Northern Trust will be the administrator and depositary for the £43bn (€48.3bn) Border to Coast Pensions Partnership, one of eight Local Government Pension Scheme (LGPS) asset pools.
Border to Coast annouced the contract today following a “robust and in-depth public procurement process”.
It added that the two companies would work to establish an operating model for the pool. Border to Coast was set up to facilitate the pooling of pension scheme assets for the counties of Bedfordshire, Cumbria, Durham, East Riding, Lincolnshire, Northumberland, North Yorkshire, Surrey, South Yorkshire, Teesside, Tyne and Wear and Warwickshire.
Fiona Miller, chief operating officer of Border to Coast, said: “I am excited to start the next stage of the journey for Border to Coast, working alongside Northern Trust as we build out the infrastructure which will support our organisation both now and into the future.
“Through their long-term partnership with the LGPS and extensive expertise in [authorised contractual scheme] structures, Northern Trust’s understanding of our needs and the culture we want to build make them a natural partner for Border to Coast.”
Northern Trust already provides depositary services to Northern Ireland’s LGPS fund and the London CIV, the pooling vehicle for the capital’s 32 borough pension funds.
James Wright, head of the company’s institutional investor group for the UK and Middle East, added: “We are committed and excited to support Border to Coast through its establishment and ongoing growth.
“Our tax transparent fund experience, alongside our dedicated UK pension team and proven technology ensures we are well placed to support Border to Coast’s unique requirements.”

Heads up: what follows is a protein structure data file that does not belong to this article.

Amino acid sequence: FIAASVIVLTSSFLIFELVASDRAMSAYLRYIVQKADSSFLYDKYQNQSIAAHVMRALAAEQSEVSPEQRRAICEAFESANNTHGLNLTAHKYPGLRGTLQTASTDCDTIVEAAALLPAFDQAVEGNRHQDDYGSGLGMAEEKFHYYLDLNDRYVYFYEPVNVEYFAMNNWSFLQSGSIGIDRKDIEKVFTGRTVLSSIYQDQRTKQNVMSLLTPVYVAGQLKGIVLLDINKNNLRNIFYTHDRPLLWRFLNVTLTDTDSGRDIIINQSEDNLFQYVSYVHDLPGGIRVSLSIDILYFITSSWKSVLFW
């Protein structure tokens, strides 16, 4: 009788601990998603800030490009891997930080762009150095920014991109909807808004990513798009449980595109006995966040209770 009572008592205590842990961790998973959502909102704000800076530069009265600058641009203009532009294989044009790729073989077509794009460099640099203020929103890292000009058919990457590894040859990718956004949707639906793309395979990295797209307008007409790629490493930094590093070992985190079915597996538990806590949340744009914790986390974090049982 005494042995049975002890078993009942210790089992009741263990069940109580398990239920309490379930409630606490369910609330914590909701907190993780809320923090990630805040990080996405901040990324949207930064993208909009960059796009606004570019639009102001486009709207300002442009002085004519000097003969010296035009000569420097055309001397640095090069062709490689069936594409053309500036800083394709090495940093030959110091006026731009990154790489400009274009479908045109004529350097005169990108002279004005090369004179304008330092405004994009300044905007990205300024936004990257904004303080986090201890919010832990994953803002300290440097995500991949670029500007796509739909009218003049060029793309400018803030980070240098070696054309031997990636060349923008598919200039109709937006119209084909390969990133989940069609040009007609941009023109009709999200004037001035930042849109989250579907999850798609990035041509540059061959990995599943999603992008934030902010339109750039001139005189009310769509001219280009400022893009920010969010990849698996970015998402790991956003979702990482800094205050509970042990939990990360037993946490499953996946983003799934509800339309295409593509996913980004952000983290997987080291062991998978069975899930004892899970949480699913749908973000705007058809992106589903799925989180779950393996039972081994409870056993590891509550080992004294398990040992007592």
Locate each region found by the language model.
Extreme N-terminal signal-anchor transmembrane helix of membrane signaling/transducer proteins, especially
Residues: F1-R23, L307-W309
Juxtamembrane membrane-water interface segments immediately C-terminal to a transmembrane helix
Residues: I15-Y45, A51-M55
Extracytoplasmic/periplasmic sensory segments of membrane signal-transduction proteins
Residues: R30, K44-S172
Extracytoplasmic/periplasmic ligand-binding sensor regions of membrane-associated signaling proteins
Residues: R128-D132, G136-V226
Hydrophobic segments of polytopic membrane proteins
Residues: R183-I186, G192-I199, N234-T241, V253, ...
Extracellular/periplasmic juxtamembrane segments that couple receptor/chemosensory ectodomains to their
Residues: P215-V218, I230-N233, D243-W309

Chris Hitchen, chair of Border to Coast’s board, said the pool was building “an excellent team” and “a highly capable investing institution”.
All eight LGPS pools are expected to be ready to manage assets from the start of April this year, in line with central government’s plans.
Brunel publishes first report and accounts
The Brunel Pension Partnership drew down more than £5m from its 10 LGPS shareholders in December to help it meet the April deadline, according to its first full annual report and accounts.
In the 12 months to the end of September 2017, the pension funds contributed £3m to operating costs “to set up the office, hire the staff and submit the FCA application”.
Coupled with December’s payment of a combined £5.4m, each of the founding funds has paid roughly £840,000 towards Brunel’s establishment.
The pool said it aimed to make fee savings of £27.8m by 2025 through the pooling of assets and management of costs.